Derby wouldn't be derby without them, and they're a part of the community too.  Thus, they deserve respect as well.

Victory Songs

Congrats, you just beat a team who travelled to your place to play their first ever open bout.  "We are the champions"?  "Na Na, Hey Hey, Goodbye"?  The "Hey, you suck" song?  Really?  That just seems a bit cocky.

Nothing against your taste in music, but the timing's off.  That sort of thing goes against the culture of the high five, the hugs & handshakes, and the group photo after the bout.  Keep it in check, please.


This one's been done to death, but I'll say it too: respect the refs!  That doesn't mean you have to call them "sir" or "ma'am" but it does mean that you have to accept a decision with dignity.

I'd like to see an end to the "tradition" of jammers signalling their tally of points to the ref after a jam.  This is called demonstrating in baseball, and is one of the most common reasons for an ejection.  The referee said 2 points, you can either go in and challenge it officially or accept it.  Attempting to undermine the referee's authority by signalling 3 shouldn't be an option.

As well, when chatting to the derby public in general, do not blame the refereeing for a loss.  This includes the statement "well, the refereeing was a bit spotty" and "I'm not sure some of the calls were exactly correct."  Those are just attempts to make "we would've done better if the refereeing had been the way I wanted it to be" sound better.

A great coach once told me "if you blame the refs, it means you don't want to learn to win."  The referees aren't crooked.  They're just not, so stop.  They're working hard to keep the game you play within the rules.  Show them respect.

I think I've covered enough here.  Derby's a young sport, these are growing pains.  But we should show more respect for everyone in the derby community.  After all, it's all of us together who make derby such a great thing.  Roll on!

Monday, October 22, 2012

The Derby Duel

This last weekend, two of the most exciting jammers in Europe challenged each other to what I can only call a Derby Duel.

2 Minutes

2 Jammers

1 Winner

Skate around the track.  Whoever is further ahead when the time expires wins the duel.  All normal derby contact allowed.

Do you skate fast?  Do you go for hits?  That's all up to you and the one-on-one strategy you choose to employ.

It's really the ultimate test of jammer-on-jammer ability, and a great way of finding out who has the skills to be a good jammer.  No pack to get in the way, or offer assistance.  Just pure one-on-one.  Also, it's the most excitement you'll ever see on 16 wheels!

I can see this being a good training routine--if a team wants to work on jammer skills, what a great way to drill cleverness and contact all in one go.

There is a precedent for this sort of thing.  Baseball has the home run derby and basketball has a slam dunk contest.  Both are displays of a basic skill taken to the extreme, and given a high degree of showmanship.  Both are a part of the all-star festivities in each sport.

I would like to see Derby Duels taking the same sort of position.  If there's a tournament, have a duel at the halftime of every bout.  Thus, there will be a duel tournament nested within the main one, giving the audience no excuse to leave the track!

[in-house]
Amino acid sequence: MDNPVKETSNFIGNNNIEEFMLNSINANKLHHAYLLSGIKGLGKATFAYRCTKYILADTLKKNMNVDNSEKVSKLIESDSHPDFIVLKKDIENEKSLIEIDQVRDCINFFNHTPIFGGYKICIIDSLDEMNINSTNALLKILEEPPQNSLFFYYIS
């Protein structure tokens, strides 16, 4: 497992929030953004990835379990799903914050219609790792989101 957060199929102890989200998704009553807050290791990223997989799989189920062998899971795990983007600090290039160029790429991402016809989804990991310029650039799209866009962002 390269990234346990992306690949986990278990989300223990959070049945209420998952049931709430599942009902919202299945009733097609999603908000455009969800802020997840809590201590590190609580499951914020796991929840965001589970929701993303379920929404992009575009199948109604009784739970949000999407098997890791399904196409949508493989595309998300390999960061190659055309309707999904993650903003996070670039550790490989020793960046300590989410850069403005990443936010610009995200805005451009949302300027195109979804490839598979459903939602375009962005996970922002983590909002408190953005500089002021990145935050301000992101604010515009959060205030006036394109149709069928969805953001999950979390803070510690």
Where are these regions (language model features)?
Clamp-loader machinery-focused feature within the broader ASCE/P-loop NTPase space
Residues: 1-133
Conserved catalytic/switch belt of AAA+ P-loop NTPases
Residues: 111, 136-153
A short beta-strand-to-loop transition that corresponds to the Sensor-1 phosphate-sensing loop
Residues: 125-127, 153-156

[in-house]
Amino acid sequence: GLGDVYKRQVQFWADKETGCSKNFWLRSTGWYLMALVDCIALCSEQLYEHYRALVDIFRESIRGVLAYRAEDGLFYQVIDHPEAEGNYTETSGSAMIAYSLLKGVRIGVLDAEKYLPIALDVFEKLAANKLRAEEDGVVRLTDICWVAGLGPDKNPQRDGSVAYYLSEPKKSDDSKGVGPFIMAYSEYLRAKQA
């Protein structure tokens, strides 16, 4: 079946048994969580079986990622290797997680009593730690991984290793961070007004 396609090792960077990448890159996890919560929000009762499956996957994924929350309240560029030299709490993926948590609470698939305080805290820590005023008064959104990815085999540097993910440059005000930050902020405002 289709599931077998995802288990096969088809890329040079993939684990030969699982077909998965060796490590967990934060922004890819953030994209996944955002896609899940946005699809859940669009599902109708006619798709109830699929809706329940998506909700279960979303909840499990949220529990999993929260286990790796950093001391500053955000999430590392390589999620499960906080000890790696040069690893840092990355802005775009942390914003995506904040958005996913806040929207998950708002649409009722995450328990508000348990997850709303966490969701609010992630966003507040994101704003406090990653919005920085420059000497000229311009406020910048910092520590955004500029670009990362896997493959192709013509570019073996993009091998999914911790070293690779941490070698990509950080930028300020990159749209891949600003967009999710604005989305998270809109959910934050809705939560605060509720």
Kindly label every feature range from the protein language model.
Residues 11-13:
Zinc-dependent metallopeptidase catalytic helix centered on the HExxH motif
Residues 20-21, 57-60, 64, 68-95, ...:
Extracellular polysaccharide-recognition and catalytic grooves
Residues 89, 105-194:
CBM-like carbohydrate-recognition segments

Or simply arrange a few to take place at the half time of a regular bout.  I'm sure there would be loads of skaters vying for those 4 spots in a duels playoff.  They wouldn't even need to be from the leagues involved in the main bout.  It would only take 6 minutes to get a champion, and keep the crowd in their seats and screaming for the first part of halftime.  Way better than any other halftime show, by far!

The first derby duel was started as a display of sportsmanship and fun, plain and simple.  Two jammers only had one opportunity to face each other all day, and wanted another round of it.  All that was said was "I jam against you, and you speak it."  That 2 minute game showed 100% fun.  It was nothing but the sheer joy of derby, and the crowd were right up against the outside line screaming.

Sunday, October 21, 2012

Women's UK & Ireland derby chart 21-Oct

The rankings presented here are in accordance with the rules and consider Rollin News as the authoritative source for bout scores concerning UK & Ireland teams.  If a score is not listed as open or public on that source, it will not be included in this ranking.

Disclaimer aside, here you go.

UK & France men's chart, 20-Oct

The rankings presented here are in accordance with the rules and consider Rollin News as the authoritative source for bout scores concerning UK & Ireland teams.  If a score is not listed as open or public on that source, it will not be included in this ranking.

Disclaimer aside, here you go.

Wednesday, October 17, 2012

WFTDA's new playoff structure

Let me open by saying like like like like like.  I really like the idea of 4 1st round playoff tournaments, rather than regions.  Some of the regions are weaker than others, and it makes sense to take the top 40 worldwide, rather than the top 10 from some geographical and uneven regions.

What did they mean by S-Curve seeding?

Well, simple seeding's easy to conceive of, but a 40 team tournament makes things complex.  The theory is that the total rank of each "branch" of the tournament be equal, and to do this one fills in the chart below in an S-curve type manner.  Each team is represented by its rank, which becomes its "seed."  Follow the counting numbers in order, and you'll see.